“Come out here, Ma!” I yelled to my mother. “Ya should see how big the bonfire is this year!!”
My mother was indoors getting our clothes ready for the Fourth of July cook out we would be having at our Uncle Mark and Aunt Mary’s the next day. They lived in a a cute pink ranch house in the Burncoat area – a nicer part of town. My mom liked this part of the Fourth best of all. A day off she could celebrate with her favorite sister in her sister’s big back yard, my Uncle Mark grilling hamburgers and hot dogs on the big three legged grill he had stoked with those black brickettes he always doused with lighter fluid. Yum, yum, yum ! We were all pre-vegetarian in those days – ate meat, Nissaan white rolls and buns, potato chips, soda, Cheez-Its … the typical American BBQ 1960s fare. Heaven!
Ma would have none of it. She was busy making sandwiches for the cook out at Uncle Mark’s. She wanted us in bed early for tomorrow. We kids would have none of it. The flames were roaring! So was Val! Some jerk threw too many old tires on the bon fire, so now the air smelled awful! It was thick with gray smoke. We kids started coughing. Ma came out and took a look. Her mouth fell open. She looked at her three silly girls and frowned. I knew … She was calling 911.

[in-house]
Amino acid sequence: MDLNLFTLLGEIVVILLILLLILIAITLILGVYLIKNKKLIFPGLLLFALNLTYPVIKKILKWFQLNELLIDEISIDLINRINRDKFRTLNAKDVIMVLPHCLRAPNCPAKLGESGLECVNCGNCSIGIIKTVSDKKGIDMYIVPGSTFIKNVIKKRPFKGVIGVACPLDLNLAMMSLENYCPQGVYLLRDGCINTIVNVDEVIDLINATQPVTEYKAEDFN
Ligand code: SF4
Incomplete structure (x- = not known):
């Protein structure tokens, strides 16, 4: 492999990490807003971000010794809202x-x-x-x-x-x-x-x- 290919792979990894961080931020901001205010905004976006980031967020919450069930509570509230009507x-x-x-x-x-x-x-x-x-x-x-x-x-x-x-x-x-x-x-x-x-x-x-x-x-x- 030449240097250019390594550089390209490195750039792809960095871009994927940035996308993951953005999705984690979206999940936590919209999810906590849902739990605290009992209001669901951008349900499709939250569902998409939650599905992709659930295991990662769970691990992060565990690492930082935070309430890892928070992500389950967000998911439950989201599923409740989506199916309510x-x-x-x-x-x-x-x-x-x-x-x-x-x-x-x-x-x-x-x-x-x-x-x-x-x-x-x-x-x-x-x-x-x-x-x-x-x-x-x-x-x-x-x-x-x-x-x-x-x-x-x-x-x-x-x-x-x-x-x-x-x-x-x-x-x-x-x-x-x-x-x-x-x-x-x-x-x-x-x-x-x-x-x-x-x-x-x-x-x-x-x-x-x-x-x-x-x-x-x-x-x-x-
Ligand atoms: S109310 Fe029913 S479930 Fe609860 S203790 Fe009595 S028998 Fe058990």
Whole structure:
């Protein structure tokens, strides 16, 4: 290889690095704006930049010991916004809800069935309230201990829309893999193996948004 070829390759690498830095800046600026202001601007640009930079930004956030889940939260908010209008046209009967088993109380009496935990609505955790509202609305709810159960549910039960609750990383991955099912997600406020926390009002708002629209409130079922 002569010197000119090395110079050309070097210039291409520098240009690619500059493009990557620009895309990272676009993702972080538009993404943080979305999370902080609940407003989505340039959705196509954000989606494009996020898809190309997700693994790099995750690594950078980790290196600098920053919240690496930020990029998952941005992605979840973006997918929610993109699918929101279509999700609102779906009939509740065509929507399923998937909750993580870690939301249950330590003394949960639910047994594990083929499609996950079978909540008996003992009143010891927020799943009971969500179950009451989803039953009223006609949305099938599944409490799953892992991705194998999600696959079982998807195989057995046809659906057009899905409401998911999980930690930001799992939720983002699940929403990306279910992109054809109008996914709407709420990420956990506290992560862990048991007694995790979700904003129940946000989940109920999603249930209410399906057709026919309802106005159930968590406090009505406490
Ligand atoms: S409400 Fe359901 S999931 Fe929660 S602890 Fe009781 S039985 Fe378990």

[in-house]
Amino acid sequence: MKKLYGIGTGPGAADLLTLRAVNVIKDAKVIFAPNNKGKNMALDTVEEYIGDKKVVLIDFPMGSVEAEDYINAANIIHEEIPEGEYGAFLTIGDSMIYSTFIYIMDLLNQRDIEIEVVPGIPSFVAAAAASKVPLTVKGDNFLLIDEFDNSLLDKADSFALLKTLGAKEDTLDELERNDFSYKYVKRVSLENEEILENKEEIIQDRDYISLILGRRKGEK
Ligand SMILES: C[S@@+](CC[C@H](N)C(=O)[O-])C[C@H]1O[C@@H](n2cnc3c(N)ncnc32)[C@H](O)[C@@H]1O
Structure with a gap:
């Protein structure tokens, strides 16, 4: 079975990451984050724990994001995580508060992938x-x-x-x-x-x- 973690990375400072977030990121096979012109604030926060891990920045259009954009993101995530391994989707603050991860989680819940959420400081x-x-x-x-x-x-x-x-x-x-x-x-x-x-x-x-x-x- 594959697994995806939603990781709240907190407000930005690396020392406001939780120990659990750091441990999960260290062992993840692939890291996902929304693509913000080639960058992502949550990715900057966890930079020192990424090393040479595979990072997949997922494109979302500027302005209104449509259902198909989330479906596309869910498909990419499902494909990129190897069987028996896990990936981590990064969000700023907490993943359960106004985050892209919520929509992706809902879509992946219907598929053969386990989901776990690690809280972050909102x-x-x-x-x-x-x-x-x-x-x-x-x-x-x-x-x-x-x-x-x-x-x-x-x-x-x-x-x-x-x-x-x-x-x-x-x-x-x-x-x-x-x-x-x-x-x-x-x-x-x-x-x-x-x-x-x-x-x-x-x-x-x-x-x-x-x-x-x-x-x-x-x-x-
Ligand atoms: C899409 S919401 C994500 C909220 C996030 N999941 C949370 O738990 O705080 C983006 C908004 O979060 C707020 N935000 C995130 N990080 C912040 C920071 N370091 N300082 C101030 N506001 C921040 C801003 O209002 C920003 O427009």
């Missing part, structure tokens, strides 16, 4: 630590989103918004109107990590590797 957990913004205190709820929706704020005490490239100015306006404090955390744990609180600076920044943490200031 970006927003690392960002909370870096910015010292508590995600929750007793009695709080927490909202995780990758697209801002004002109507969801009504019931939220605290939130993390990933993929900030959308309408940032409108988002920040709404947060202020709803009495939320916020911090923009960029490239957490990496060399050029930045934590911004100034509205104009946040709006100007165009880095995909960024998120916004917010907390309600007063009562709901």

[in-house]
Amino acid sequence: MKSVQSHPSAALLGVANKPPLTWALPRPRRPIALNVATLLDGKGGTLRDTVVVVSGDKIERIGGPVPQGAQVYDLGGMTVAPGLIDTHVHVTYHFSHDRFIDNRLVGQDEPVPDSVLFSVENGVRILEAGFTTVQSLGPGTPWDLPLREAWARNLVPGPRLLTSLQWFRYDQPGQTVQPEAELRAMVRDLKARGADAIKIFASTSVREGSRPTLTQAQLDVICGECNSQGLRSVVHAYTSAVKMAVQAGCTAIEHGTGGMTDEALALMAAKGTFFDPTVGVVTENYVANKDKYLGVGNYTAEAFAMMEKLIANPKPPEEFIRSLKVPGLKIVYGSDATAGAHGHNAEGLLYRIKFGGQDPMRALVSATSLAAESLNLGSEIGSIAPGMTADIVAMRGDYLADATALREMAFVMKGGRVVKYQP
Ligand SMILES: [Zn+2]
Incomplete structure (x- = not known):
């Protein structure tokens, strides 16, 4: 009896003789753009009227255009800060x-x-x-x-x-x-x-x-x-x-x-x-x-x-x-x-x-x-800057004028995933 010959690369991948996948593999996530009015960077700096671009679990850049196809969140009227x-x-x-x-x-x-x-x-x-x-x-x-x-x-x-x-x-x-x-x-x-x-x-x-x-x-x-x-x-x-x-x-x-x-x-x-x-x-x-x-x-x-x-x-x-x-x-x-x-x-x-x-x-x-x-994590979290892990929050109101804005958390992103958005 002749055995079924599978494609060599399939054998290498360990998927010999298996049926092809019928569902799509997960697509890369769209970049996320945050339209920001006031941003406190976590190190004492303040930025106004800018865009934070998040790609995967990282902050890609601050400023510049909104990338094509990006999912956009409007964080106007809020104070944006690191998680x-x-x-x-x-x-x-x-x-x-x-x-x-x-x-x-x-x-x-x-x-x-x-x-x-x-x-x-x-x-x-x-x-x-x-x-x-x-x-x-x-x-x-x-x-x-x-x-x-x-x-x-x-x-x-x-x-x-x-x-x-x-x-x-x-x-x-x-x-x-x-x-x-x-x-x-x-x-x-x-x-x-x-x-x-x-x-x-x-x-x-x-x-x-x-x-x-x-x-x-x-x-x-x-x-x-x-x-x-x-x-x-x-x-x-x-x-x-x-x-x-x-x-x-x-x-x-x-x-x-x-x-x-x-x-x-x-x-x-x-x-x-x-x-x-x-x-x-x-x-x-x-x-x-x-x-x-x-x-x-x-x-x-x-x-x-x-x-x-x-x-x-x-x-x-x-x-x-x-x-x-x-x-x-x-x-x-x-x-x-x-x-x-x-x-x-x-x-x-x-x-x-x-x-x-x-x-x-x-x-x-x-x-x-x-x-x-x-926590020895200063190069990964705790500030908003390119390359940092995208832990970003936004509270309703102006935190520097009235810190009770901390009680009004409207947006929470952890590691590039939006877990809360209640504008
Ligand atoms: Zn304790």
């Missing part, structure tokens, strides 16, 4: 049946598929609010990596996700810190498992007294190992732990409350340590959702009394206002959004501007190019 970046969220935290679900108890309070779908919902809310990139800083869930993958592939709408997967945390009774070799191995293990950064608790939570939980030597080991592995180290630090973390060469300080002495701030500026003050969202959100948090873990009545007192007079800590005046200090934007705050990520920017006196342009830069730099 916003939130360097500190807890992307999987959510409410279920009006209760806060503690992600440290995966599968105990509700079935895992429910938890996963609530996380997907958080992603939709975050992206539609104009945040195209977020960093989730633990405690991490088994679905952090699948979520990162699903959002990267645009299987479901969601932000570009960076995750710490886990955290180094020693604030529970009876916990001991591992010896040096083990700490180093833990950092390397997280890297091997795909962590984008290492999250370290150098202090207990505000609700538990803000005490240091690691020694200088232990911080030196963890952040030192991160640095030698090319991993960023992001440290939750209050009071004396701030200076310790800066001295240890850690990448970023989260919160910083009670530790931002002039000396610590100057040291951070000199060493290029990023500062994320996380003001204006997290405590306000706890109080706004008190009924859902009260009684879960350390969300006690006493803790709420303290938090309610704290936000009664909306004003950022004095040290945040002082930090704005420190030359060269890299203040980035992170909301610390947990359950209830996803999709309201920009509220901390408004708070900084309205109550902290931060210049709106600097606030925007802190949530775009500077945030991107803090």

In a matter of minutes the Worcester Fire Department had come and the fireman were hosing down the bon fire with their big hoses. The flames were doused out! Smoke was everywhere.
BOO! BOO! BOO! shouted all the kids and adults at the firemen. You could hear their laughs, too.
“Boo, Boo! Boo!!!” my sisters and I yelled from our back porch, laughing. “BOO! BOO!”
It had been, as usual, a fab Fourth of July!
Chuck Berry. AN AMERICAN ICON. A FOUNDING FATHER OF ROCK N ROLL. … When I was in college, my boyfriend at UMass was a professional lighting technician for rock bands. All kinds of musical shows. Jazz and folk, too. He did lights for many a Chuck Berry show. He said: Chuck always worked alone. Not too friendly. Always brought his own gear. Tough to work with … A MUSICAL GENIUS.
… My guy LOVED DOING LIGHTS FOR BILLY JOEL AND BRUCE SPRINGSTEEN. He said they treated their crew – everybody – with total respect and love.